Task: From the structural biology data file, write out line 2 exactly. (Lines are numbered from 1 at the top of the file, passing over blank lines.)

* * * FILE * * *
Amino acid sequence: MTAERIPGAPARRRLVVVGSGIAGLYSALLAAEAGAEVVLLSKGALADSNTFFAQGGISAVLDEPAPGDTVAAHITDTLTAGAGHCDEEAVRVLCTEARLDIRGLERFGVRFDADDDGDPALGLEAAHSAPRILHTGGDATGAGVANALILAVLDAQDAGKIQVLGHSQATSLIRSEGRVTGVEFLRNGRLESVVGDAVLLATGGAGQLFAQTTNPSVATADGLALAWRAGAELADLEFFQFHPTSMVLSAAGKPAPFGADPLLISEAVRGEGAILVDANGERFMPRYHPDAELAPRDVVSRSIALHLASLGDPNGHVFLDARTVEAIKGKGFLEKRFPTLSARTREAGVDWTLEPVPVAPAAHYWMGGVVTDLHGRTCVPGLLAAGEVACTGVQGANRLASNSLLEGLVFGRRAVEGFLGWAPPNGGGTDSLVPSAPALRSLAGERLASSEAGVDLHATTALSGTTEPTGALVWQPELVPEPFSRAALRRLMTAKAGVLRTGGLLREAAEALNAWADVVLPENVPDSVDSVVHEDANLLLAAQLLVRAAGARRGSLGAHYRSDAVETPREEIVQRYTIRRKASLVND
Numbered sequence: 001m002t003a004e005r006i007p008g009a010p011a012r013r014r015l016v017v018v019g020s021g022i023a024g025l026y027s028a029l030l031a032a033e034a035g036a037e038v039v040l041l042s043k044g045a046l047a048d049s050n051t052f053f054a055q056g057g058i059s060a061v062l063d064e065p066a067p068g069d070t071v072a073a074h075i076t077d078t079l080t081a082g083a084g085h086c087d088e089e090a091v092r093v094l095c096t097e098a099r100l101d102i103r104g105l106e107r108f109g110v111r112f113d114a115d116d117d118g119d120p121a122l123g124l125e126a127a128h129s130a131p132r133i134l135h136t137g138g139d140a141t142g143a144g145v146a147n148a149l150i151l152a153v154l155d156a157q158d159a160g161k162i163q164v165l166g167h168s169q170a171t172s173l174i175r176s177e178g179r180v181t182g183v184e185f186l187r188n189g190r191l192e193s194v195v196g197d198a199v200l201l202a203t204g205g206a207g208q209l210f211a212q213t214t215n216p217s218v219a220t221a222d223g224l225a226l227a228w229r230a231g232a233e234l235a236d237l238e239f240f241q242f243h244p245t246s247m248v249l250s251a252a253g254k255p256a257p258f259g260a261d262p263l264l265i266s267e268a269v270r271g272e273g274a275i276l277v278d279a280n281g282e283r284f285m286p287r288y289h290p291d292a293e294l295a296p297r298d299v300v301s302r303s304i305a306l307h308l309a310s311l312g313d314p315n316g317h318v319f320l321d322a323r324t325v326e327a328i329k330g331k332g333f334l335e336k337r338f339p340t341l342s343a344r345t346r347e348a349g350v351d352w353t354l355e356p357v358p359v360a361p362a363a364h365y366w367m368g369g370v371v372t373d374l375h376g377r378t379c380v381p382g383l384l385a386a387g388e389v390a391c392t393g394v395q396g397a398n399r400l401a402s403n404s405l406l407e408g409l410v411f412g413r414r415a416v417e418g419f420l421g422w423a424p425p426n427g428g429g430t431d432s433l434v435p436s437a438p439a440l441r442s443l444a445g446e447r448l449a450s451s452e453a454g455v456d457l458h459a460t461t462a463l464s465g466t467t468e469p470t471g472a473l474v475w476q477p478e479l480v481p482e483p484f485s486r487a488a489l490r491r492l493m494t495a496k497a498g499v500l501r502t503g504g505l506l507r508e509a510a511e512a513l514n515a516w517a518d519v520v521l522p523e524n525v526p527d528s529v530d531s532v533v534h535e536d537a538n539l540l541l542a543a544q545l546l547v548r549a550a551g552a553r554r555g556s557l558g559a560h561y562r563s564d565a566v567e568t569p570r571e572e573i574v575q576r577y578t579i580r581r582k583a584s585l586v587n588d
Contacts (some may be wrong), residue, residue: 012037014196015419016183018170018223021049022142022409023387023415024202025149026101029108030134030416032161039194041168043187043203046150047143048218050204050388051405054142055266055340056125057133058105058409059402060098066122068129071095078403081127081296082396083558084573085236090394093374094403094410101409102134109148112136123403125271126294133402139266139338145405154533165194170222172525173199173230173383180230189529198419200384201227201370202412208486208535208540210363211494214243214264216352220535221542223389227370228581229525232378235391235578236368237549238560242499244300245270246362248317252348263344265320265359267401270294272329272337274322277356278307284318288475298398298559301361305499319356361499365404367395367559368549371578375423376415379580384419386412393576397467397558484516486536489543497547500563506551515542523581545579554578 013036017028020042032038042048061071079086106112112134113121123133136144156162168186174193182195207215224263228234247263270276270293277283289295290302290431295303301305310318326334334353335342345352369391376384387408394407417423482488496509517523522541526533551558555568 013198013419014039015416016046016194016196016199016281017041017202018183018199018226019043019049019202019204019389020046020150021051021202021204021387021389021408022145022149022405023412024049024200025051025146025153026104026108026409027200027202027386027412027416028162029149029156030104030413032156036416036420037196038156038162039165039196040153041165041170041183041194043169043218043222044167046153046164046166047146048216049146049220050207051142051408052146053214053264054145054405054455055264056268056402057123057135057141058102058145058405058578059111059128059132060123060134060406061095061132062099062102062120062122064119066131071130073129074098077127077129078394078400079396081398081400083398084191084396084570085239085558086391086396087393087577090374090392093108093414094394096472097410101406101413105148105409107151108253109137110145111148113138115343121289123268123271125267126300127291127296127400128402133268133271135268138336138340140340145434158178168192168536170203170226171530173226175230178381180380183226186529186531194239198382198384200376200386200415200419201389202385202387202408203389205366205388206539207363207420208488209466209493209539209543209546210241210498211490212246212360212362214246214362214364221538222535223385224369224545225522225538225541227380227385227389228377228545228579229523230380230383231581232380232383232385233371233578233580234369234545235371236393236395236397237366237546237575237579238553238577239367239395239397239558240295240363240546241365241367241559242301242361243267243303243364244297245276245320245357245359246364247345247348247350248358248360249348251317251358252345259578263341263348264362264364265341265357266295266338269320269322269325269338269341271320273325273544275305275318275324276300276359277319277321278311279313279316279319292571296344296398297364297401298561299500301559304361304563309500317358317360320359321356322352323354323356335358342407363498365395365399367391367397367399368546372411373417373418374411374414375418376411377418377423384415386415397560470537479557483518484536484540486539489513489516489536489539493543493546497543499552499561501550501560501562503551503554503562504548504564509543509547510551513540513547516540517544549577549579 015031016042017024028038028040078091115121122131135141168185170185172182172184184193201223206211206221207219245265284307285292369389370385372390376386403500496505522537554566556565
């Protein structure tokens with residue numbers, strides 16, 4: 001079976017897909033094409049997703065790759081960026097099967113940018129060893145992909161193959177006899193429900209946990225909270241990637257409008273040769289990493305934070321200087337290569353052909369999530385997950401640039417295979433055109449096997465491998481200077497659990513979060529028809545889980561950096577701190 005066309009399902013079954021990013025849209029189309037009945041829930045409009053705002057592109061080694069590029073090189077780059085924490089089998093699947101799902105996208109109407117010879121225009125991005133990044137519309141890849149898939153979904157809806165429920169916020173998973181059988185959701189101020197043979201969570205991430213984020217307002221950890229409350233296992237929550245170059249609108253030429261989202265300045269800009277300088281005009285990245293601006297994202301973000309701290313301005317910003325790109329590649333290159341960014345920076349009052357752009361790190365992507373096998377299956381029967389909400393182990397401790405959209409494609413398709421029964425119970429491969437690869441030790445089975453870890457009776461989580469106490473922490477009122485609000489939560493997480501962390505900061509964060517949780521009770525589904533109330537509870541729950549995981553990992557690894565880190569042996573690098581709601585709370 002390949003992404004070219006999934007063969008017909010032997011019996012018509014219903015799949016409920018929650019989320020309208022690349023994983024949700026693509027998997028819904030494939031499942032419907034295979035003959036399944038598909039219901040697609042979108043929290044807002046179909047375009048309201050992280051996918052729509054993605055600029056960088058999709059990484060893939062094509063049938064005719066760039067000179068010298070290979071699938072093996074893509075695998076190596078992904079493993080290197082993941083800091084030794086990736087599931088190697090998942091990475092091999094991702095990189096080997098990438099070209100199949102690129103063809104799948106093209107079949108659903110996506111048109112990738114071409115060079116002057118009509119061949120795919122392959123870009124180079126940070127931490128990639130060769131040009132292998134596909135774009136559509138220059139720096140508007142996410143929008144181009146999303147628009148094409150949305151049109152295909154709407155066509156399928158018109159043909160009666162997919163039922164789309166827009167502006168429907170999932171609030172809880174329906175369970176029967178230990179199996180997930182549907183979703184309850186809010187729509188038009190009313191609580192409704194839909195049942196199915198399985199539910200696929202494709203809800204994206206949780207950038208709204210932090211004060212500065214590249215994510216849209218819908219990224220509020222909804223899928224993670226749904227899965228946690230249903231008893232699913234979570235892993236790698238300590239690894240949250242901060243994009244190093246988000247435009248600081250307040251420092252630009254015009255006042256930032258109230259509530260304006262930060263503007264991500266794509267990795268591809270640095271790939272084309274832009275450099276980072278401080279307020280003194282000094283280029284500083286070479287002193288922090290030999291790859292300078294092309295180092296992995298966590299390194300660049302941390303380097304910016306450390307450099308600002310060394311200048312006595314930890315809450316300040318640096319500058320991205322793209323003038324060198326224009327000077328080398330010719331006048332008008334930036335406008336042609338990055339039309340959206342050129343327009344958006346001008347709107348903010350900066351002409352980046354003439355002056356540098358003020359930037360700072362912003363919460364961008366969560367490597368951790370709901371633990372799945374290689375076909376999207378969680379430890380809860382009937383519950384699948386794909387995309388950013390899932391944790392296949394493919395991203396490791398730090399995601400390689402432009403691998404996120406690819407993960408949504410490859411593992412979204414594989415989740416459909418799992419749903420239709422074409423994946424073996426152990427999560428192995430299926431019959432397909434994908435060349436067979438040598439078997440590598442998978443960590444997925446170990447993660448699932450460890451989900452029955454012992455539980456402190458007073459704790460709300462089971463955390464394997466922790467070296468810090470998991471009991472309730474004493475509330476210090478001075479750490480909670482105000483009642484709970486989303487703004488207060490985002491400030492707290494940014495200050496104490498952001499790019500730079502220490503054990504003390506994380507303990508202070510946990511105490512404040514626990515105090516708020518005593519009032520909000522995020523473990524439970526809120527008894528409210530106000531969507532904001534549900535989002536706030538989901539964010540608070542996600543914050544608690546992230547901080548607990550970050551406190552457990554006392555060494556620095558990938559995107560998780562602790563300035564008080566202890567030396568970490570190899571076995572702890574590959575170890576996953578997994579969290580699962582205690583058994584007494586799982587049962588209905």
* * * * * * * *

Numbered sequence: 001m002t003a004e005r006i007p008g009a010p011a012r013r014r015l016v017v018v019g020s021g022i023a024g025l026y027s028a029l030l031a032a033e034a035g036a037e038v039v040l041l042s043k044g045a046l047a048d049s050n051t052f053f054a055q056g057g058i059s060a061v062l063d064e065p066a067p068g069d070t071v072a073a074h075i076t077d078t079l080t081a082g083a084g085h086c087d088e089e090a091v092r093v094l095c096t097e098a099r100l101d102i103r104g105l106e107r108f109g110v111r112f113d114a115d116d117d118g119d120p121a122l123g124l125e126a127a128h129s130a131p132r133i134l135h136t137g138g139d140a141t142g143a144g145v146a147n148a149l150i151l152a153v154l155d156a157q158d159a160g161k162i163q164v165l166g167h168s169q170a171t172s173l174i175r176s177e178g179r180v181t182g183v184e185f186l187r188n189g190r191l192e193s194v195v196g197d198a199v200l201l202a203t204g205g206a207g208q209l210f211a212q213t214t215n216p217s218v219a220t221a222d223g224l225a226l227a228w229r230a231g232a233e234l235a236d237l238e239f240f241q242f243h244p245t246s247m248v249l250s251a252a253g254k255p256a257p258f259g260a261d262p263l264l265i266s267e268a269v270r271g272e273g274a275i276l277v278d279a280n281g282e283r284f285m286p287r288y289h290p291d292a293e294l295a296p297r298d299v300v301s302r303s304i305a306l307h308l309a310s311l312g313d314p315n316g317h318v319f320l321d322a323r324t325v326e327a328i329k330g331k332g333f334l335e336k337r338f339p340t341l342s343a344r345t346r347e348a349g350v351d352w353t354l355e356p357v358p359v360a361p362a363a364h365y366w367m368g369g370v371v372t373d374l375h376g377r378t379c380v381p382g383l384l385a386a387g388e389v390a391c392t393g394v395q396g397a398n399r400l401a402s403n404s405l406l407e408g409l410v411f412g413r414r415a416v417e418g419f420l421g422w423a424p425p426n427g428g429g430t431d432s433l434v435p436s437a438p439a440l441r442s443l444a445g446e447r448l449a450s451s452e453a454g455v456d457l458h459a460t461t462a463l464s465g466t467t468e469p470t471g472a473l474v475w476q477p478e479l480v481p482e483p484f485s486r487a488a489l490r491r492l493m494t495a496k497a498g499v500l501r502t503g504g505l506l507r508e509a510a511e512a513l514n515a516w517a518d519v520v521l522p523e524n525v526p527d528s529v530d531s532v533v534h535e536d537a538n539l540l541l542a543a544q545l546l547v548r549a550a551g552a553r554r555g556s557l558g559a560h561y562r563s564d565a566v567e568t569p570r571e572e573i574v575q576r577y578t579i580r581r582k583a584s585l586v587n588d